The Financial Conduct Authority (FCA) has published its consultation paper ‘Increasing transparency and engagement at renewal in general insurance markets’ (CP15/41). The paper sets out proposals to introduce new rules and guidance for firms on steps they should take when reviewing general insurance policies.
The paper draws on evidence from the FCA’s 2014 research project as set out in its Occasional Paper No.12: ‘Encouraging consumers to act at renewal’, also published this month. The findings set out in this paper suggest that consumers often underestimate the benefits of shopping around, overestimate the time it takes to switch provider and so do not shop around, switch or negotiate when it would be in their interests to do so. CP15/41 sets out proposals which the FCA hopes will prompt consumers to engage in the renewal decision, thereby increasing transparency and improving competition.
This consultation reflects an interesting regulatory development in which the FCA is essentially using behavioural economics to shape authorised firms’ processes around weaknesses in consumer behaviour.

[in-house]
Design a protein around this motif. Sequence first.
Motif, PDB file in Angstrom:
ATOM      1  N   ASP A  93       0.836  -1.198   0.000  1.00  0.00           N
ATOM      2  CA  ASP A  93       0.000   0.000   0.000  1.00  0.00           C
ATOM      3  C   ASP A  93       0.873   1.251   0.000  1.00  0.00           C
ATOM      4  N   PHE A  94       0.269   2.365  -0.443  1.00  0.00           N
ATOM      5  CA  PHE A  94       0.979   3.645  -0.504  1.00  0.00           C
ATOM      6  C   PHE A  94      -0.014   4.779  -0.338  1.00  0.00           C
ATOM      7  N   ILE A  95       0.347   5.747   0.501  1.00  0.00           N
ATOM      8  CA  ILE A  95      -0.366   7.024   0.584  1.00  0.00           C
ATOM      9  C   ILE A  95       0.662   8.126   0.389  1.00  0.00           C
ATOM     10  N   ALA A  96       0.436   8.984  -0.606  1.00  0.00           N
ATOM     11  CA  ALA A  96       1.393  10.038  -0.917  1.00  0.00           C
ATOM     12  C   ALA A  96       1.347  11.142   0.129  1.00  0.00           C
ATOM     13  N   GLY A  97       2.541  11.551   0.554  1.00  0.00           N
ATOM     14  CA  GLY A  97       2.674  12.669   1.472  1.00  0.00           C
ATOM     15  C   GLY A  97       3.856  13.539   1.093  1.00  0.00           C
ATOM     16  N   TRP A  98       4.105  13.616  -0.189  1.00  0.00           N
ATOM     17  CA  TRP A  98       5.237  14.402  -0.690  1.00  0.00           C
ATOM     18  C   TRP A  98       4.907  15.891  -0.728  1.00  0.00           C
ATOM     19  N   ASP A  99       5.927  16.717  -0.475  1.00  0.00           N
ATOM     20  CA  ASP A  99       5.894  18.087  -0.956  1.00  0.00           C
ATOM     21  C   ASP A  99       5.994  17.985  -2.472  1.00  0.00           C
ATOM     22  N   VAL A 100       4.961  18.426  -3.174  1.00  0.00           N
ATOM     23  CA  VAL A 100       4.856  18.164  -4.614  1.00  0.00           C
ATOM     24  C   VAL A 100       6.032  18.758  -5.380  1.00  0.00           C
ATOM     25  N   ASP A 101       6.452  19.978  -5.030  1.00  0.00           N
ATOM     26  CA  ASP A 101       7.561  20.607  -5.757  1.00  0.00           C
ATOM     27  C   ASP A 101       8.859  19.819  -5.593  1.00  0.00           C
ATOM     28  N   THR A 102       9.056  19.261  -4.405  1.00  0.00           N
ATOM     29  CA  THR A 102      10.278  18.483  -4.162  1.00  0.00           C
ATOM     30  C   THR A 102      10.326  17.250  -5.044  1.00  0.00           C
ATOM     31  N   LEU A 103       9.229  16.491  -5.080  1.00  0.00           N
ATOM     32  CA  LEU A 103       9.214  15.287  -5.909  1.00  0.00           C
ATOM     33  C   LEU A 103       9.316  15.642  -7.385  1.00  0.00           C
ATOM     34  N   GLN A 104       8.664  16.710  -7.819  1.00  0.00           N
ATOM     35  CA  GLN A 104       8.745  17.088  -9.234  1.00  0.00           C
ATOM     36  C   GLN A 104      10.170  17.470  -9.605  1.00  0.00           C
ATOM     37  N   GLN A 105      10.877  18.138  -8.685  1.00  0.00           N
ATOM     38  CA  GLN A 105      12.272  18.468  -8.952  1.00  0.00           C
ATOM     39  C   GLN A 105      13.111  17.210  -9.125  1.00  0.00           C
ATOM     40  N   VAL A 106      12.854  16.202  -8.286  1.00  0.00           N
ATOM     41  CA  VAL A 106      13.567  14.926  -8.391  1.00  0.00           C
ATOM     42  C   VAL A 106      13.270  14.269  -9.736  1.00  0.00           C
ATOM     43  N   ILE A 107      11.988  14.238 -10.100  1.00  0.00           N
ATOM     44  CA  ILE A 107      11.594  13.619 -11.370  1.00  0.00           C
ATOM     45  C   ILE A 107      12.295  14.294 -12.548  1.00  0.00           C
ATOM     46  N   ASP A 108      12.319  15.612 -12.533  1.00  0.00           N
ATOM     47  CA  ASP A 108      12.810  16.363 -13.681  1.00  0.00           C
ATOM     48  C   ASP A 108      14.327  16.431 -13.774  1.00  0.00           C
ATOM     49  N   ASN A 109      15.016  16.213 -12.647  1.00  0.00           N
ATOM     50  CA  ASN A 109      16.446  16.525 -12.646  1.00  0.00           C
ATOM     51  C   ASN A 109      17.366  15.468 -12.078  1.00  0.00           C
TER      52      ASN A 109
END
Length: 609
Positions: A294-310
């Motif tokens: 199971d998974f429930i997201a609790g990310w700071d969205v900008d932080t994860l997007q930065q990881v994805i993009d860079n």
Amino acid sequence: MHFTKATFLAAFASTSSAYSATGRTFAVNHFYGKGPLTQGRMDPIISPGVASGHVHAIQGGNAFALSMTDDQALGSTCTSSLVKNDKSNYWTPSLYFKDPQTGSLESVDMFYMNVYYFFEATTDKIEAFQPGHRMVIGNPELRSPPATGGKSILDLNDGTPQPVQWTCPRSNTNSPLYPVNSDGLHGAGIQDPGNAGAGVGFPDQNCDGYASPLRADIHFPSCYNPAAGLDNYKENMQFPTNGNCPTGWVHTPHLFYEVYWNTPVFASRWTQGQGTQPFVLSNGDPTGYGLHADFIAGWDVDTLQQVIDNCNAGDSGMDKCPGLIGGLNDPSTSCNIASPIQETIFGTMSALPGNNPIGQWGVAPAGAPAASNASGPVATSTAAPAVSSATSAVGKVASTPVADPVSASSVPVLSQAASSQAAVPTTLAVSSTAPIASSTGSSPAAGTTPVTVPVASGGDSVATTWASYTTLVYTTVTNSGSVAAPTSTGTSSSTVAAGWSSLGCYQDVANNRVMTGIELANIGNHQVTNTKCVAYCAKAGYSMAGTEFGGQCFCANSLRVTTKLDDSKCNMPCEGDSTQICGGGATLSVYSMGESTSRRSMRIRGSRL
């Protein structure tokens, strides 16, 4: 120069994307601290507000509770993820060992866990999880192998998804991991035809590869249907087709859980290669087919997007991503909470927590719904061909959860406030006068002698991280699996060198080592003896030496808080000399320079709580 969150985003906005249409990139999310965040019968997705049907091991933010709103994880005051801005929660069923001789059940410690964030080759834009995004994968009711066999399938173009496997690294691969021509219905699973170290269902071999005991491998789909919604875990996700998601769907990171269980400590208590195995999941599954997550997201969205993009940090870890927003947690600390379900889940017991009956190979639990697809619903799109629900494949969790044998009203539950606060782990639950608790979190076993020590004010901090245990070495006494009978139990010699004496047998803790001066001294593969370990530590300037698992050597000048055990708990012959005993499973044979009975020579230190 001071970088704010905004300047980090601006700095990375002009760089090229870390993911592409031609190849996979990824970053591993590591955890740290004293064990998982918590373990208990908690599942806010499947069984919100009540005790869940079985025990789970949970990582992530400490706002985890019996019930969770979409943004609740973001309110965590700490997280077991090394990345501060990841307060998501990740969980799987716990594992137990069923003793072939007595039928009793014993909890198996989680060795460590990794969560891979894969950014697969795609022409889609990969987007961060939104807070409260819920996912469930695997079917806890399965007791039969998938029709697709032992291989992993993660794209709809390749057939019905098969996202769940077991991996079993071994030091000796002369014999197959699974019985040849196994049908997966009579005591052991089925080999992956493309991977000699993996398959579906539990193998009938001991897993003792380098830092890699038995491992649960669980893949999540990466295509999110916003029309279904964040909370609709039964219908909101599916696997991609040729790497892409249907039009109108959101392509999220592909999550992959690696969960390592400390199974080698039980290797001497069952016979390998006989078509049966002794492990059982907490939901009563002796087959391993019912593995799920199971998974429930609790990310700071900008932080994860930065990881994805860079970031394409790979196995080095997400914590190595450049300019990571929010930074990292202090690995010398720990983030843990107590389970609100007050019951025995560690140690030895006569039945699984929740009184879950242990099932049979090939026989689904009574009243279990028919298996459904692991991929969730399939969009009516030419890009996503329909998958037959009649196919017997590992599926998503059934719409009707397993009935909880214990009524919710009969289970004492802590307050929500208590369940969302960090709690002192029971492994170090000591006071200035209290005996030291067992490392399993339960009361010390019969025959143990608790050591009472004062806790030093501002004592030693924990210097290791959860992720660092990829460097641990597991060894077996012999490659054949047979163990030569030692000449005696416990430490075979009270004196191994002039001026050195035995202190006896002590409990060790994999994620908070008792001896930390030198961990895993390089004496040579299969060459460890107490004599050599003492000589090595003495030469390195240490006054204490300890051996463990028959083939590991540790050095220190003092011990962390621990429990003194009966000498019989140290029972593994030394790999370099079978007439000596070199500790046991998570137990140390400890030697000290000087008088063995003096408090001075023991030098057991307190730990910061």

The proposals put forward in CP15/41 include a new requirement for firms to disclose the previous year’s premium on renewal notices for retail general insurance policies as this was found to be the most effective way to prompt consumers to shop around. This information must be clearly shown and allow comparison with the quoted renewal premium to encourage consumers to check that their cover still meets their needs. Firms can provide other relevant information, but this must be in addition to the required disclosure and must not obscure it.
The FCA has also proposed additional disclosure for consumers who have already renewed a product four times (i.e. been with the same provider for five consecutive years). These consumers are less likely to shop around if there has only been a slight price increase on the previous year, but can end up paying significantly more than new customers. The FCA has found that a large proportion of long-standing customers are older and, as age can be an indicator of vulnerability, expects firms to think about the needs of vulnerable customers in meeting their Treat Customers Fairly obligations.
Firms are expected to demonstrate compliance with these disclosure requirements by maintaining appropriate records as required under the Systems and Controls Sourcebook (SYSC), which would include maintaining a record of premiums. The FCA has proposed guidance to make this clear to firms.
The FCA plans to publish a summary of feedback and final rules and guidance in a Policy Statement in mid-2016. These proposals have a proposed implementation date of 1 January 2017.
The deadline for comments on CP15/41 is 4 March 2016.